Will Guzzardi, a 2009 graduate of Brown University with a major in comparative literature, announced in August that he’s running in the Democratic primary for state rep of the 39th District. When the primary rolls around next March 20th, he will still be 24. His opponent is Maria Antonia “Toni” Berrios, the daughter of Joe Berrios, the machine-backed, old-school…">
Carol Felsenthal
On politics

Will Guzzardi: 24, Ivy League-Educated, and Running Against Joe Berrios’s Daughter

Will Guzzardi, a 2009 graduate of Brown University with a major in comparative literature, announced in August that he’s running in the Democratic primary for state rep of the 39th District. When the primary rolls around next March 20th, he will still be 24. His opponent is Maria Antonia “Toni” Berrios, the daughter of Joe Berrios, the machine-backed, old-school…

Will GuzzardiWill Guzzardi, a 2009 graduate of Brown University with a major in comparative literature, announced in August that he’s running in the Democratic primary for state rep of the 39th District. When the primary rolls around next March 20th, he will still be 24. His opponent is Maria Antonia “Toni” Berrios, the daughter of Joe Berrios, the machine-backed, old-school winner of the 2010 race for Cook County assessor. Toni, the first Puerto Rican woman to serve in  the Illinois House of Representatives, is in her fifth term representing the Northwest Side district that currently includes such neighborhoods as Logan Square and Belmont-Cragin. So far—there’s still time before the filing deadline—it’s Berrios vs. Guzzardi, who grew up in Chapel Hill, North Carolina, the son of New York transplants and big names in the book publishing industry. (His father a revered editor and his mother a former publishing executive-turned-social worker).

There’s no hint of the south in Guzzardi’s accent, and the lanky, earnest young man who could pass for one of my son’s friends—save for the extremely disciplined manner and the hair sprinkled with gray. He came to Chicago straight from Providence, Rhode Island, with no job in hand, because he had visited here a couple of times and loved it. A few months later, he landed as an intern on the Chicago page of the Huffington Post, moved up to the position of associate editor, and gave that up to devote full time to his campaign. Below, an edited transcript of our conversation:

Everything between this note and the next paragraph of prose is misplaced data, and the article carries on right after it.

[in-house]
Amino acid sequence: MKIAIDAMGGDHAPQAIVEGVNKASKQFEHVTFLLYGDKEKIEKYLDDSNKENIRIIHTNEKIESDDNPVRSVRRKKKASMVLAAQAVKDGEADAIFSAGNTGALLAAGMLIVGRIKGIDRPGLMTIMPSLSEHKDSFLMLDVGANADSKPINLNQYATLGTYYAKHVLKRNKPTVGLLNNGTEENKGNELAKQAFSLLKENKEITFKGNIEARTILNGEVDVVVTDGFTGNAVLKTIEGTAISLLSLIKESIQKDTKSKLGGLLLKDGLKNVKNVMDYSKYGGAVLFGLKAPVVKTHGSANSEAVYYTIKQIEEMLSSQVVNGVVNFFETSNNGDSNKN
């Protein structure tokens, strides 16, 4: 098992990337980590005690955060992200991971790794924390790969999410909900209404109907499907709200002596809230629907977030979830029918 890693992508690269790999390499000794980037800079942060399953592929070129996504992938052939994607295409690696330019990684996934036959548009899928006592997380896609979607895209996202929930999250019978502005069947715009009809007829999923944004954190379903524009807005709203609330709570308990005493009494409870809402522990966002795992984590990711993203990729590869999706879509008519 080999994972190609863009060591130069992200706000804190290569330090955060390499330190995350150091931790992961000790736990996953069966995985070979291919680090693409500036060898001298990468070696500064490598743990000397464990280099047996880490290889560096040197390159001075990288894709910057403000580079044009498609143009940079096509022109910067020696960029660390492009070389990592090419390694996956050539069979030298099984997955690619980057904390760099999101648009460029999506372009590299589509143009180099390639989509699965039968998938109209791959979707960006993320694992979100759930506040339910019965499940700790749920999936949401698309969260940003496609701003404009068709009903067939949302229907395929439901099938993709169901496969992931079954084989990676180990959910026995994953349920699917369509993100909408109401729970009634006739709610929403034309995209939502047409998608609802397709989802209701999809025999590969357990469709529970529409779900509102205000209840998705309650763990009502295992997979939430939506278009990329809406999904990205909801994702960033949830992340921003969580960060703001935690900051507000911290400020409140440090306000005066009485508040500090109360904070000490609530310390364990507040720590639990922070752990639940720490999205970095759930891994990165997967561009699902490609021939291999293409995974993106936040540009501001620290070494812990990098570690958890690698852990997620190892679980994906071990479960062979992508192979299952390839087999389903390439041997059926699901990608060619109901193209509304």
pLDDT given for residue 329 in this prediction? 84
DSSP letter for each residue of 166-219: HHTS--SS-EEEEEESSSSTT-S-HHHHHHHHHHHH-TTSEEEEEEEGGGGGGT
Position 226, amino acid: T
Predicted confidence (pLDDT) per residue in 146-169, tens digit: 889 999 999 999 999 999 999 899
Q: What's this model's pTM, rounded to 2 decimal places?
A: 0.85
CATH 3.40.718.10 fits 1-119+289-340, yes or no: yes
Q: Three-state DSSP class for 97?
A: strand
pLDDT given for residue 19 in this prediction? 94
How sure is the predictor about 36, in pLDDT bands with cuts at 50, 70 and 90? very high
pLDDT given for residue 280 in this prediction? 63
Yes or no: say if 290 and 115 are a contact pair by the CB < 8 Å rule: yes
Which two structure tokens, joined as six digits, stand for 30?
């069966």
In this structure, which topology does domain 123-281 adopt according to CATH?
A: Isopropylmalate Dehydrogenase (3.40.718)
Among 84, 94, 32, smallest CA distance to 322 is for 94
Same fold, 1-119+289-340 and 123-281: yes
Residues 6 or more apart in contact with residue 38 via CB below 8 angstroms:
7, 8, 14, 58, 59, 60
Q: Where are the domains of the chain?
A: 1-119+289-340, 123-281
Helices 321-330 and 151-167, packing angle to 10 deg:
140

CF: So why Chicago? You could have gone anywhere.
WG:
There’s an unpretentiousness about Chicago. It’s a city that’s humble and welcoming and has an incredibly rich history, and folks who live here now, especially in my neighborhood in Logan Square, are very committed to making their neighborhood a better place. People are really passionate about Chicago and are proud to call themselves Chicagoans. I’m proud to call myself one, too.

CF: After you arrived here, you worked in some after-school programs. How did you land the job at Huff Po
WG:
Found it on Craig’s List, first as an intern for $10 an hour. It was great, being able to read local news, constantly reading the papers, watching TV. My focus was city politics, schools policy, and I started to write about community organizations in my neighborhood. I started feeling that I wanted to be more active in my community. I did some volunteering, but also I decided that I wanted to use my job as a reporter to help shine a light on some of the good work that folks were doing in my community already. 

CF: And the segue into politics?
WG:
Meeting with community leaders, they told a common story which was that they were working against budget cut after budget cut, just trying to keep programs running, and wanted a voice that would advocate for them. I learned about the overnight emergency services for the homeless. The van comes through in the winter in the dead of night looking for people sleeping under the bridges and picks them up and takes them to a homeless shelter, and the funding for that service is cut, and that’s peoples’ lives—people will lose their lives because that service isn’t being provided. It’s unconscionable. The lowest 20 percent of earners in Illinois spent 13 percent of income in state and local taxes. The top one percent of earners in Illinois spent four percent of their income in taxes. We have a really regressive tax system in Illinois. The burden is being passed on to working people.

CF: Those numbers ring a bell. Are you involved in Occupy Chicago?
WG:
I went a week ago Monday. The system is broken; people are frustrated and want to see a change. I think the electoral realm is an opportunity to make that change. We can help elect leaders who are going to be accountable to their constituents and not to special interests. That frustration is going to play out in March; it’ll show up at the ballot box.